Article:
People who work in not-for-profits may not always feel that benefactors give them the credit that they deserve, but it doesn’t mean not-for-profit employees don’t find satisfaction in what they do. I am sure that among not-for-profit personnel, many of them welcome August 17 and celebrate their work accordingly, and that’s what I’m writing about in this post. I usually represent what we’re doing at the cemetery in positive terms, which is how I try to frame it.
That is to say, I think of myself as an optimist rather than as a pessimist, despite the solemnity of the atmosphere of a cemetery. If you relate, you’re welcome to “like,” to “follow,” and/or to “comment.” In November, I will try to respond specifically to the occurrence of Giving Tuesday, the day that charities work especially hard to raise funds.
I realize there may not be such a sense of urgency that a cemetery like ours needs additional assistance, but you never know unless you ask if there is some unknown avenue to improve the standard of work in our hands. It is probably the right idea to look into getting additional help at the same time that similar organizations are delving into the same. Autumn is the time of year for it.
I hope to continue working at the cemetery while playing the additional role of nurturing Facebook and Twitter, writing here on WordPress, and otherwise keeping a hand in at our not-for-profit. Thank you for visiting my blog.
Please do not be alarmed by the idea that there is a bug in WordPress that could, in theory, render you in jeopardy if you maintain a blog with WordPress. Actually, it has been kept under wraps for an entire year.
There have been no specific problems made aware of that ZDNet reported and there is no indication that the bug will actually be exploited in the name of enemy action, however so easy a target exists. I know with this attention to the issue WordPress will respond with a patch.
I am updating this a year later–this is the early morning of August 12, 2018, and I published this post after curating it from something I did October 20, 2014. I am the SMM and junior operations director for a small not-for-profit cemetery. I have my hand in as a blogger to complement my research and social media skills.
How is your content doing? Are you keeping records?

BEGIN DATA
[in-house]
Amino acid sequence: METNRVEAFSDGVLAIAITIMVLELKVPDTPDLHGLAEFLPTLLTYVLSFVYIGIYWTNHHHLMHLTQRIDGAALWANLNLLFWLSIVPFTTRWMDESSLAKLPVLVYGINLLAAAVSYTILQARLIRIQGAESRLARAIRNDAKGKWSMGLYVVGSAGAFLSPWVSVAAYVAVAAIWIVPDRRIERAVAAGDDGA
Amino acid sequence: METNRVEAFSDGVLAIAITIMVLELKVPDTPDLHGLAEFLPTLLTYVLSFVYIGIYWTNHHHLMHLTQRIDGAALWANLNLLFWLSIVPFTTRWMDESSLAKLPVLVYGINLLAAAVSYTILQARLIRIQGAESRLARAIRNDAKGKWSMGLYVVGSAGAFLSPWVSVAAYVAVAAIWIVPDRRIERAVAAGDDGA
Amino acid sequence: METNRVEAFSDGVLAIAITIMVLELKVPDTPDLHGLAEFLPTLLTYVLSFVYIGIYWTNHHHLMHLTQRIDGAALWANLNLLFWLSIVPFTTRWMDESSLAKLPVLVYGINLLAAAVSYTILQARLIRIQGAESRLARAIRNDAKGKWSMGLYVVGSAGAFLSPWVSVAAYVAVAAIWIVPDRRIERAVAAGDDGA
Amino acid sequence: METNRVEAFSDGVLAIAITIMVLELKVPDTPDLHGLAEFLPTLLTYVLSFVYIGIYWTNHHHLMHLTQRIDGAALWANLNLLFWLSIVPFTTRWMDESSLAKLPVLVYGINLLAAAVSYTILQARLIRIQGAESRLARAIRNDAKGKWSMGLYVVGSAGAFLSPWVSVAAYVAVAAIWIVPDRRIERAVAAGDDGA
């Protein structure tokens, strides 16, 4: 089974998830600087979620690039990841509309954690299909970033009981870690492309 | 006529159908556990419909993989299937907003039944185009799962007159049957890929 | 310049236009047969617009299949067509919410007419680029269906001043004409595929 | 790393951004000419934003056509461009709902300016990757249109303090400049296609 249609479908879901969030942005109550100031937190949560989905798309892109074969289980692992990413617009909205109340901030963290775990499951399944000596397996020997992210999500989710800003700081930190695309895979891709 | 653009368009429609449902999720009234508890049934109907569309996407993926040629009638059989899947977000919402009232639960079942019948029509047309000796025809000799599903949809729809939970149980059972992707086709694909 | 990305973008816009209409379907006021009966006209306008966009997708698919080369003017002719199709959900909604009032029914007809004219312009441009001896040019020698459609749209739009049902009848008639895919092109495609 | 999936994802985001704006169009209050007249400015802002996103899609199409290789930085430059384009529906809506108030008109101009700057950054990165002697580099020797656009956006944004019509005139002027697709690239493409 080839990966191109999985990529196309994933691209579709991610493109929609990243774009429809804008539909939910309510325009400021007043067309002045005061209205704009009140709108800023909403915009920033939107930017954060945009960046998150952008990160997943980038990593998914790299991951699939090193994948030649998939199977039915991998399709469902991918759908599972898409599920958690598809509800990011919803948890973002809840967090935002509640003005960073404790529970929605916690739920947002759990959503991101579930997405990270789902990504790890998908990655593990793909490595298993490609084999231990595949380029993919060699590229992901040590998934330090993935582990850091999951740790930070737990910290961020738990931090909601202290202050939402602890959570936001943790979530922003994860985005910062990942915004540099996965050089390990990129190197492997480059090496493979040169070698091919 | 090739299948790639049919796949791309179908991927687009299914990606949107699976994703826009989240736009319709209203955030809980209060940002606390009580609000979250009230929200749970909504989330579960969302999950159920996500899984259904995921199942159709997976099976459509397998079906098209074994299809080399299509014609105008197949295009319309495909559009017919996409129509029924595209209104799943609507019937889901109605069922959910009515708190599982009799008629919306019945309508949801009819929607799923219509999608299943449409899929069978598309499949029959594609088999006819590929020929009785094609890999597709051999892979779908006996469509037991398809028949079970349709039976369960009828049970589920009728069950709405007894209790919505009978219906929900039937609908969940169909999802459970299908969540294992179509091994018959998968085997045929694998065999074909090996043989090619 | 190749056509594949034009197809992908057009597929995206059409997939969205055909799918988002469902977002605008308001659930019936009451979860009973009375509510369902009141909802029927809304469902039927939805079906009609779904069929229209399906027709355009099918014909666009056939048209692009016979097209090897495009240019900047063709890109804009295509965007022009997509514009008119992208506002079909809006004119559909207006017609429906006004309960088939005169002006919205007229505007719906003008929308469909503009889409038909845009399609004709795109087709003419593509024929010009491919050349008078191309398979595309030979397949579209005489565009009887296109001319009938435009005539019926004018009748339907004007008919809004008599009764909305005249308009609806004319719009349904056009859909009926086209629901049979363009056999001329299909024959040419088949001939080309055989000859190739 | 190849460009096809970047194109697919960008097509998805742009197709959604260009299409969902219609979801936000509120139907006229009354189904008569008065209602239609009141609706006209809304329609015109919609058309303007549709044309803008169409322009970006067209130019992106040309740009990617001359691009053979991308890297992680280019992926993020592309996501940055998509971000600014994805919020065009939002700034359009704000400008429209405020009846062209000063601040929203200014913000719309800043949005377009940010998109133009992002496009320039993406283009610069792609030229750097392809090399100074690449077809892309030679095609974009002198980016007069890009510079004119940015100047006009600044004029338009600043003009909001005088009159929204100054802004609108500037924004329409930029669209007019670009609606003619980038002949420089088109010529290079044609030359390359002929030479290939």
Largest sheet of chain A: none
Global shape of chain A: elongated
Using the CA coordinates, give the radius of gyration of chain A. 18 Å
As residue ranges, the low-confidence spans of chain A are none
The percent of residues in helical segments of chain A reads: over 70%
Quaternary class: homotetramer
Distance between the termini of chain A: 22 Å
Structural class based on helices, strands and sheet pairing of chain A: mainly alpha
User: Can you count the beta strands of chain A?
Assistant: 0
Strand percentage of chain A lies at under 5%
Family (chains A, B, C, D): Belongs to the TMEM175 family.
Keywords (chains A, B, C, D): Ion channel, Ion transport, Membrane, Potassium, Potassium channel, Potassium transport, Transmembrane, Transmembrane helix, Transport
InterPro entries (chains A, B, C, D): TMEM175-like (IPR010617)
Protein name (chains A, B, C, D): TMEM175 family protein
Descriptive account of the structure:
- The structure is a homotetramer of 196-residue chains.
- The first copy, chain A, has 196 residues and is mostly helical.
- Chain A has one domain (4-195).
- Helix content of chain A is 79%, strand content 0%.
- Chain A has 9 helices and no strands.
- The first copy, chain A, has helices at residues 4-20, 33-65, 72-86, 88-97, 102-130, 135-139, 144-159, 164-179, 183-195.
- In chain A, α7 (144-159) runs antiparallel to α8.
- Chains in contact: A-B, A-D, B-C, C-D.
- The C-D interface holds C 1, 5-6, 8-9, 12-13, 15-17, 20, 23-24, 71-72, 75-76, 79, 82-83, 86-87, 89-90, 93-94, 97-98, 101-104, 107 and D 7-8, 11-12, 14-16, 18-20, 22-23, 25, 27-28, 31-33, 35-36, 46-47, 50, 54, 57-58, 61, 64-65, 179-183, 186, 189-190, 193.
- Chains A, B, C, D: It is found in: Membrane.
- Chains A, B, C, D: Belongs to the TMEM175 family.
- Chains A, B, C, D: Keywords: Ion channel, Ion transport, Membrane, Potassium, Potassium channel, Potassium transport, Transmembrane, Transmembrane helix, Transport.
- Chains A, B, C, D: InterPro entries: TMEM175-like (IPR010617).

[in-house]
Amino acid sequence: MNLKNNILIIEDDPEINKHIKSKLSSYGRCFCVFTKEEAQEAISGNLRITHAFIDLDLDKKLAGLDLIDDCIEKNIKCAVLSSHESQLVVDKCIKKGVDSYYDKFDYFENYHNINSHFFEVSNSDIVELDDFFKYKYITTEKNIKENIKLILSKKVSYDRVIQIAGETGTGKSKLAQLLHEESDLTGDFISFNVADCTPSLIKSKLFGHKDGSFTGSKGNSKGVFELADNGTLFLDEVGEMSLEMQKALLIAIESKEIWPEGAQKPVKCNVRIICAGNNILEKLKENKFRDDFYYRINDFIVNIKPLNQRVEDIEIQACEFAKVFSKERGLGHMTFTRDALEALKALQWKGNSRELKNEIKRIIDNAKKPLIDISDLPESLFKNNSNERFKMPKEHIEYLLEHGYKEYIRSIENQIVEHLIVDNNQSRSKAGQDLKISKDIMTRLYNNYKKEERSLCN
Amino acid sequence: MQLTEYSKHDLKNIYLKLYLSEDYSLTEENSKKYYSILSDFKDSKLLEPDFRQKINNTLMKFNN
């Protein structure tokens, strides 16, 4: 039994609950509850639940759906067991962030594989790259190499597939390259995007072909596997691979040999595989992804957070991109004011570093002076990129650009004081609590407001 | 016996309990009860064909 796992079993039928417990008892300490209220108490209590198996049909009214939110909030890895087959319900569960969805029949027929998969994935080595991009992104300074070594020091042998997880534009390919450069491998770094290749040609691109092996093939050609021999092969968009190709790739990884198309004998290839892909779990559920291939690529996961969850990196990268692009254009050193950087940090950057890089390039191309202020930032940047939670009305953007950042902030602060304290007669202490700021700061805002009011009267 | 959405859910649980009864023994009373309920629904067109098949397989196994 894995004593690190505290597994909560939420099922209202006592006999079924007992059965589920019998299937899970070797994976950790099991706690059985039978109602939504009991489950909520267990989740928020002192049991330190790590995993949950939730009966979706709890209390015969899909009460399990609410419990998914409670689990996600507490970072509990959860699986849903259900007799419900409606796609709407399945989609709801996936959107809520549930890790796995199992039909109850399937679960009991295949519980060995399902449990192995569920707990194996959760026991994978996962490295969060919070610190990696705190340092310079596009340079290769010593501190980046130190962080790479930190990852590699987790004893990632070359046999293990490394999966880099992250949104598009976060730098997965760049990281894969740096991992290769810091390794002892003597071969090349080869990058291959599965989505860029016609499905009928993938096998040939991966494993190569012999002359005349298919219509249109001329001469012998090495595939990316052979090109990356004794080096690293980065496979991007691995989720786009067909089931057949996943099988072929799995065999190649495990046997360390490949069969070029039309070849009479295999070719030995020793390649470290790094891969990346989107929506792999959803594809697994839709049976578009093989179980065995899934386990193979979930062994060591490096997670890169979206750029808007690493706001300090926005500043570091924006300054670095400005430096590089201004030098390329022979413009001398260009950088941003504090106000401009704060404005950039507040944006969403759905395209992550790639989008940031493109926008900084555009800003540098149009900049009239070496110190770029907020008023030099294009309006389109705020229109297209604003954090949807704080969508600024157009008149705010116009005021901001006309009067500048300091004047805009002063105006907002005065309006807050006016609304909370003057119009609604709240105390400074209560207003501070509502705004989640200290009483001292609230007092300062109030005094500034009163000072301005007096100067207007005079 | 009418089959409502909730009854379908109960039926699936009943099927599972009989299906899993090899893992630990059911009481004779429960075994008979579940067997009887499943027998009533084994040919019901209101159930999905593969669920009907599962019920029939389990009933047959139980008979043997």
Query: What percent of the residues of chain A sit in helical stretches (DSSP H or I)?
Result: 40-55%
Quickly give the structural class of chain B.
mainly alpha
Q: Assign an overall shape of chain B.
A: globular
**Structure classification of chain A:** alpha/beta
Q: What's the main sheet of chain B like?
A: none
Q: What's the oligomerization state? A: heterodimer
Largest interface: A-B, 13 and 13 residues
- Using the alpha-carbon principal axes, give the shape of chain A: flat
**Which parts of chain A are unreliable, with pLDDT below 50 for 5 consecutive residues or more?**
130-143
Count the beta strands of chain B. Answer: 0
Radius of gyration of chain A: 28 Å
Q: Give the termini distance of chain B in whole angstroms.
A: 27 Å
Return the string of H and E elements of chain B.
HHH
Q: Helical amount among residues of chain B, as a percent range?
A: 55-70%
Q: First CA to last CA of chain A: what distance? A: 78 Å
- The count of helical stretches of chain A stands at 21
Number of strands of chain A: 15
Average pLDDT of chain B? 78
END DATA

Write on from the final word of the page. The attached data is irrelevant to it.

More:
There’s nothing intuitive about being outfitted for killer content. It’s Internet 101. There’s engagement and then there’s conversion.
Be relevant in a sprawling web environment
You won’t be able to see the horizon on the world wide web. It goes on and on, and your time can disappear into it the way tree leaves lose their pigment and then fall.
I hope that you have a plan because goals are incredibly important. You have an uphill battle to face already, and without clear goals for you to pursue, you are spinning your wheels and going nowhere. I definitely wish I’d tackled it more systematically years ago.
Try challenging yourself by investigating new techniques for setting goals, and see what you can put into effect. I realize this is advice for a beginner, but if you are new and you read this, please understand that I am doing my best to run over some basic tips that you can put into practice for yourself.
You can prioritize what you want to achieve if you put some planning into what you are about. If you have the spontaneity and creative mindset to be headstrong, I’m sure that’s ok. If you are overwhelmed, and you could be, you need to throw down some controls on what you are doing.
Read success stories and compare them to yourself
The world wide web is cool, so don’t fret. You do need a plan of attack.
Organize your efforts so that they resemble the kind of list in which you might write what groceries you want to buy. It’s a start!
Don’t dismiss the inspiration you find by learning about what people who are achievers did to get where they are today. Above all else, there are plenty of people with good intentions to who you can reach out on your journey across the Internet.
Find release in a second hobby
The world wide web has a lot to offer, but you probably need a second hobby if you’re feeling troubled. Something that you can do in the outdoors might be good, to keep your mind active on more than one front (on more than just your life computing).
Maybe you should be writing offline, to keep your engine fresh. Reading real-world books is a good idea, especially if you can learn something from them. That’s a concrete example of how and when doors will open for you.
Speaking of the real world, interaction outside the digital corridors of the Internet has its place for you, distinctly. Don’t go too far afield by forgetting what’s out there physically.
Are you struggling with your brand identity? Leave a comment for me if you think of something I strongly need to see. I’m curating this based on a blog post I did the twentieth of October, 2014, which rather needed an update.
I wouldn’t mind hearing of others’ efforts as you keep on descending into the backwaters of the Internet. I know readers may be reluctant to comment, but you’re very welcome to note here where your online journey has taken you. And if you do relate, and in fact have found help.